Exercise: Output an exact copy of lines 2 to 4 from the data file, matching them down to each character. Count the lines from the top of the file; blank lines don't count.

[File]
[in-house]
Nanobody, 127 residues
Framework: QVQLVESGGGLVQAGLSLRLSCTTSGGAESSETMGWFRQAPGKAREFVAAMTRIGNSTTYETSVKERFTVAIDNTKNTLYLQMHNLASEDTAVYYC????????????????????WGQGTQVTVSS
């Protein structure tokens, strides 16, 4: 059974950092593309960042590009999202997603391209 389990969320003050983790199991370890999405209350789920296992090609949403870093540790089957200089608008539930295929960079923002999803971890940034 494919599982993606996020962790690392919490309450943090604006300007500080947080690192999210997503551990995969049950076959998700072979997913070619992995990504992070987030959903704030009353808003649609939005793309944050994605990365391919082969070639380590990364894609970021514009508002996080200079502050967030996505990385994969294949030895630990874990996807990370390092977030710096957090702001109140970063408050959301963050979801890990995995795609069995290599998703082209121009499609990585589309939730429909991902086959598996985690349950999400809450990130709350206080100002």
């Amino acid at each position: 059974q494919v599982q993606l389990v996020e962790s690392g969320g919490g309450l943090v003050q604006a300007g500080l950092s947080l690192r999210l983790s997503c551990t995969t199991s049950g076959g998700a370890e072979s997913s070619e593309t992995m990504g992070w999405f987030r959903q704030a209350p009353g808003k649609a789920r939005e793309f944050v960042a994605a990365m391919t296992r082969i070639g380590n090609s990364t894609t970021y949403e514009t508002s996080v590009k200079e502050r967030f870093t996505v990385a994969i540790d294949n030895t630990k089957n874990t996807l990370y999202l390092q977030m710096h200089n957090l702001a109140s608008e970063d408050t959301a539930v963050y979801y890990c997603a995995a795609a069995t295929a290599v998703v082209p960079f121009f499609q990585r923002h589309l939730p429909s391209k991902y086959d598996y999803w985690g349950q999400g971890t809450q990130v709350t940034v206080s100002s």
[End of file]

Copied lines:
Nanobody, 127 residues
Framework: QVQLVESGGGLVQAGLSLRLSCTTSGGAESSETMGWFRQAPGKAREFVAAMTRIGNSTTYETSVKERFTVAIDNTKNTLYLQMHNLASEDTAVYYC????????????????????WGQGTQVTVSS
């Protein structure tokens, strides 16, 4: 059974950092593309960042590009999202997603391209 389990969320003050983790199991370890999405209350789920296992090609949403870093540790089957200089608008539930295929960079923002999803971890940034 494919599982993606996020962790690392919490309450943090604006300007500080947080690192999210997503551990995969049950076959998700072979997913070619992995990504992070987030959903704030009353808003649609939005793309944050994605990365391919082969070639380590990364894609970021514009508002996080200079502050967030996505990385994969294949030895630990874990996807990370390092977030710096957090702001109140970063408050959301963050979801890990995995795609069995290599998703082209121009499609990585589309939730429909991902086959598996985690349950999400809450990130709350206080100002």